Soad Ham was a student leader in a movement which protests against policies currently being pushed by Honduras’ education minister. These would change learning hours meaning students would walk home from their schools in the evening through busy, potentially dangerous cities. Soad Ham was involved with a movement which is fundamentally concerned with safeguarding our basic right to accessible, safe education. Soad Ham was found, tortured to death, inside a plastic bag on Wednesday. Soad was thirteen.
As Education Minister Marlon Escoto pushed for a lengthening of the school day in Honduras, student campaign groups and school administrations retorted that the very schools Escoto spoke of were overcrowded, under-resourced and in dire need of far more considered action than just an extended timetable. This is a damning condemnation of a government which is fundamentally detached from the experiences and lives of the people it governs.
When we in the UK protested against Gove’s reckless policies, we never faced the same terror which characterises the experiences of student movements elsewhere. It is easy to be on the progressive edge of politics in the United Kingdom: we can chant “f*ck the police” or write offensive and inflammatory blog posts without giving a second’s thought to the implications of our political views for our safety and wellbeing. Yet we are repeatedly reminded that we live in a world where standing up for your political beliefs is, especially as a young person, not so easy elsewhere. Earlier in the year you may have read about the disappearance, and eventual discovery, of 43 students in Mexico, or the protests in Hong Kong, and maybe you saw Malala Yousafzai awarded an honorary degree by Edinburgh University after surviving an assassination attempt in October 2012.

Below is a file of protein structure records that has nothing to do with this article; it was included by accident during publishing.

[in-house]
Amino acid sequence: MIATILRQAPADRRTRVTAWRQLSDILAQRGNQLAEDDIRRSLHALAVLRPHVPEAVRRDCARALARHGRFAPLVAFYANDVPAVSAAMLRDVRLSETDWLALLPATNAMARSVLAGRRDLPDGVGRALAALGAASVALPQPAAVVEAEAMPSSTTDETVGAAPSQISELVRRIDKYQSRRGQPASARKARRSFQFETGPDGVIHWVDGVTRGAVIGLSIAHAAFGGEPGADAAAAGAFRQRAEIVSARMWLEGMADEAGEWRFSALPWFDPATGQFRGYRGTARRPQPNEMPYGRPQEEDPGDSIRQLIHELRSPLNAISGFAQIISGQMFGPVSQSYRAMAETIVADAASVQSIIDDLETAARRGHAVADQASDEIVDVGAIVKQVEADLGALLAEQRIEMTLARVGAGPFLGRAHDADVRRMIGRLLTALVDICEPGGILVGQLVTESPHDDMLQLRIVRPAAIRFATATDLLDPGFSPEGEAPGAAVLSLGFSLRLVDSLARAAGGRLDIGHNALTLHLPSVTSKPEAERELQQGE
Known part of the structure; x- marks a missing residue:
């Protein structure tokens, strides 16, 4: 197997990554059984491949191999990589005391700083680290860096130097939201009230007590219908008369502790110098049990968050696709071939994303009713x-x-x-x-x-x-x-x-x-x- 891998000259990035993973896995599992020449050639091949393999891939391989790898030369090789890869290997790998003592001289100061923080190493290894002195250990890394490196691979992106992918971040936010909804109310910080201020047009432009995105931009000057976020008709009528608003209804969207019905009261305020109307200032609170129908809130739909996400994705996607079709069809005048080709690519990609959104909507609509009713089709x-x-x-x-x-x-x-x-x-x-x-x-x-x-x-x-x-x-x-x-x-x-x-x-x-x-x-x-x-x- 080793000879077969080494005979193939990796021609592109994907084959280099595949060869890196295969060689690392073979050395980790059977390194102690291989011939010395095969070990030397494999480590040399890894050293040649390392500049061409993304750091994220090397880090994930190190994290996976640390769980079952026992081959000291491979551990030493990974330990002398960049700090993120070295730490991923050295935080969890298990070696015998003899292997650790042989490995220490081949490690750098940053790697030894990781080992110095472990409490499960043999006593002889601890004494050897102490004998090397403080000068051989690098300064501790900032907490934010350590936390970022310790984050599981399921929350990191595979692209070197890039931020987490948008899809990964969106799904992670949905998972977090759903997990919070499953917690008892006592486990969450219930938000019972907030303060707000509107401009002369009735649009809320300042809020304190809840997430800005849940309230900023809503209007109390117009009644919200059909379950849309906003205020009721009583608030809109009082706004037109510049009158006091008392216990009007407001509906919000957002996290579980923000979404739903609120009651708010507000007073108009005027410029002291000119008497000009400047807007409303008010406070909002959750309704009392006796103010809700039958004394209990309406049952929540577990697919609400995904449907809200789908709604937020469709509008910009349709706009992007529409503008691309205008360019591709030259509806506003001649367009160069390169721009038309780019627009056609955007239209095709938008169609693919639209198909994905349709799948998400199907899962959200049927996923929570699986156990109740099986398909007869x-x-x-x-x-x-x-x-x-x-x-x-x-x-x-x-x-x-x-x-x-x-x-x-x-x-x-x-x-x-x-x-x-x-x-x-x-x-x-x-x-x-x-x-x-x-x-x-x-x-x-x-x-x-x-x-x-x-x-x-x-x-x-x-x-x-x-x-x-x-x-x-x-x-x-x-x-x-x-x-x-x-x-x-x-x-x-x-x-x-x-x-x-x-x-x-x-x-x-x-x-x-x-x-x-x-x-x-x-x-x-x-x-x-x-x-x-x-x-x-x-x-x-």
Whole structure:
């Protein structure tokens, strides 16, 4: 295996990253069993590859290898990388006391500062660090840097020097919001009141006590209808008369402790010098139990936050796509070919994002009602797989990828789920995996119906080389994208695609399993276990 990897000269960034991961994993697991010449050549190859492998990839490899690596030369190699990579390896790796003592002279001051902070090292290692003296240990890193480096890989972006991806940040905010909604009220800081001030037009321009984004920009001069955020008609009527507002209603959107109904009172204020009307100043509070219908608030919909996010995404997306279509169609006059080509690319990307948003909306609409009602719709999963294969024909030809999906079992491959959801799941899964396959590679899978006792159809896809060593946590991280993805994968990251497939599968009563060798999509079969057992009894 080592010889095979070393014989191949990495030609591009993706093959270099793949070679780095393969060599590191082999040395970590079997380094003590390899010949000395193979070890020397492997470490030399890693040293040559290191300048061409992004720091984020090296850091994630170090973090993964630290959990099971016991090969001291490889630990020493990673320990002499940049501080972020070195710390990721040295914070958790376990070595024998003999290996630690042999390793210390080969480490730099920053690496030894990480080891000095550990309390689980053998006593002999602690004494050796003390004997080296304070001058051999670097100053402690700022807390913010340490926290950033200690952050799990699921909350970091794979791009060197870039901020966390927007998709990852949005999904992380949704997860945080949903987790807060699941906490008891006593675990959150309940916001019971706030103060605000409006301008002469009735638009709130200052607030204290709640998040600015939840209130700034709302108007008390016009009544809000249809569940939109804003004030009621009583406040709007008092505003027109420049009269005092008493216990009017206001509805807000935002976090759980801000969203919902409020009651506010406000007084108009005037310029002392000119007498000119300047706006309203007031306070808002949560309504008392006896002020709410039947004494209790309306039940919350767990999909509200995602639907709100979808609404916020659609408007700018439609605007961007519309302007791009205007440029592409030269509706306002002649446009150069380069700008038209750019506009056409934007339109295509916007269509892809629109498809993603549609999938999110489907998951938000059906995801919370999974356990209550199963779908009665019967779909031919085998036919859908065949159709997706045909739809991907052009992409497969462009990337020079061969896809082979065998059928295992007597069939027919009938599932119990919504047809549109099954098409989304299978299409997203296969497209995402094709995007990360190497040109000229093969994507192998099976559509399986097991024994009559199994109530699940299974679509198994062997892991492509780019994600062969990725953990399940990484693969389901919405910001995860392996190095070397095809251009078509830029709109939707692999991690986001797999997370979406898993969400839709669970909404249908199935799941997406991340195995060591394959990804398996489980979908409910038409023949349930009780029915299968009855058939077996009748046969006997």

We at Edinburgh have no possible parallels to draw with this situation. We live, work and study in an environment which will never see such heinous repercussions. Whilst we do not face the same conditions, we see the same characters acting. We are surrounded by people who are brilliant, inspiring and fundamentally involved with trying to make the world a better place. They run in our student elections, they volunteer in our community from tidying the Meadows to organising rallies; they are beautiful, committed people. There is no ‘shameless self-promotion’ in saying that many of them write for this paper. To think that Soad would have, in another life, been any one of these people is heart-breaking.
Because we are more privileged, we have no excuse not to act for social change; we must address the problems we see around us. Activism is not just about megaphones and placards; it is about being switched on to the world around you and truly caring about making a positive impact. Though we might not have any frame of reference for understanding the experiences of people like Soad Ham, we should act in their honour. We need to wake up to the situation around us, and instead of falling into apathy when we are overwhelmed by how awful the world around us looks, we need to work to address it. Being engaged in your community is at the heart of protest, not, though it might often include, megaphones and chanting masses. Whether volunteering with EUSA or attending an on-campus workshop, from cratifivism to fundraising, we can do something.
When we see violence in the world, we should meet it with anger – considered, and appropriately channelled anger. We should throw ourselves into what we care about, and give ourselves to what we love so that our, sometimes small, victories can be a memorial to those, like Soad Ham, who have had their time on the picket line cut untimely short.
(This article does not implicate Education Minister Marlon Escoto, or the Honduran government, in the murder of the student leaders in any way.)
Image: Yamil Gonzales